Fasten your seat belt. It's going to be a rocky ride.
Baltimore's decade-long quest to get an NFL team to replace the Colts finally will reach a climax in the next few months in a drama that's likely to have more twists and turns than a dime novel.
That became the likely scenario last week with three developments that will affect Baltimore's chances of getting a team.
The first was the "Save the Rams" campaign presentation to the Los Angeles Rams' executive vice president, John Shaw, that wasn't warmly received. It featured a renovation of Anaheim Stadium as a football-only facility for the Rams and a new baseball stadium for the Angels. That's not what the Rams have in mind. They want a new stadium.
Then owner Georgia Frontiere made statements to the Los Angeles Times that indicated Shaw is making progress in persuading her that she has to move the team.
"You know when the bankers start saying this is it, you have to start listening to them," she said.
"The fact is we have a wonderful country that allows us to go where we can make a living," she added.
Frontiere did everything with those comments except call the movers -- especially considering that the team is expected to lose $6 million this year.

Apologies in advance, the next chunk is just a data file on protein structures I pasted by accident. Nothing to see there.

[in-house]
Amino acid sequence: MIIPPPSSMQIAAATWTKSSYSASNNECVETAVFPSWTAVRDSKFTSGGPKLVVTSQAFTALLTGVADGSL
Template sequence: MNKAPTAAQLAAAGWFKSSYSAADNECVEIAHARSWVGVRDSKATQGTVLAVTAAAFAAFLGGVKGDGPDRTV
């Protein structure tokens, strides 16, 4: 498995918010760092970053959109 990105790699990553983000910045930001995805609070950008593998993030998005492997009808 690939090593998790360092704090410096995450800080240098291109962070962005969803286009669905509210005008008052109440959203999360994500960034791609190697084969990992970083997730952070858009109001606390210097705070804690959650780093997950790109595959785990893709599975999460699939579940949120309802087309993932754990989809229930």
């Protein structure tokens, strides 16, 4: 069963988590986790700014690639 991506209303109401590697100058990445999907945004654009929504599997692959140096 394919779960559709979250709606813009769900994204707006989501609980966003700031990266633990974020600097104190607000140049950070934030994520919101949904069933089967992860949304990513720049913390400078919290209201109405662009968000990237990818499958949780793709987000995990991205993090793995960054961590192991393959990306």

That was followed Thursday by the death of Hugh Culverhouse, owner of the Tampa Bay Buccaneers. Unless Culverhouse changed his will at the last minute, he had instructed the trustees to sell the team to the highest bidder.
Suddenly, two teams are candidates to move.
Orioles owner Peter Angelos already had offered $200 million for the team before Culverhouse died, and he will put the offer back on the table once the trustees are ready to accept bids.
There will be attempts by Tampa-area businessmen -- probably including New York Yankees owner George Steinbrenner -- to buy the team and keep it there.
But there's no way a new owner could make money in Tampa if he had to pay $200 million up front. That means a local owner would have to be willing to subsidize the team.
Owner Rankin Smith of the Atlanta Falcons said it doesn't look promising for Tampa.
"Obviously, I would like to see them stay in Tampa . . . . but it doesn't bode well for them," Smith said, referring to Culverhouse's death.
With two teams in play, the whole nature of the negotiations will change. It means Shaw might have to be more flexible in his dealings with Angelos, because Shaw no longer runs the only team that might move.
Of course, one thing hasn't changed: Commissioner Paul Tagliabue and Washington Redskins owner Jack Kent Cooke will fight to keep a team out of Baltimore.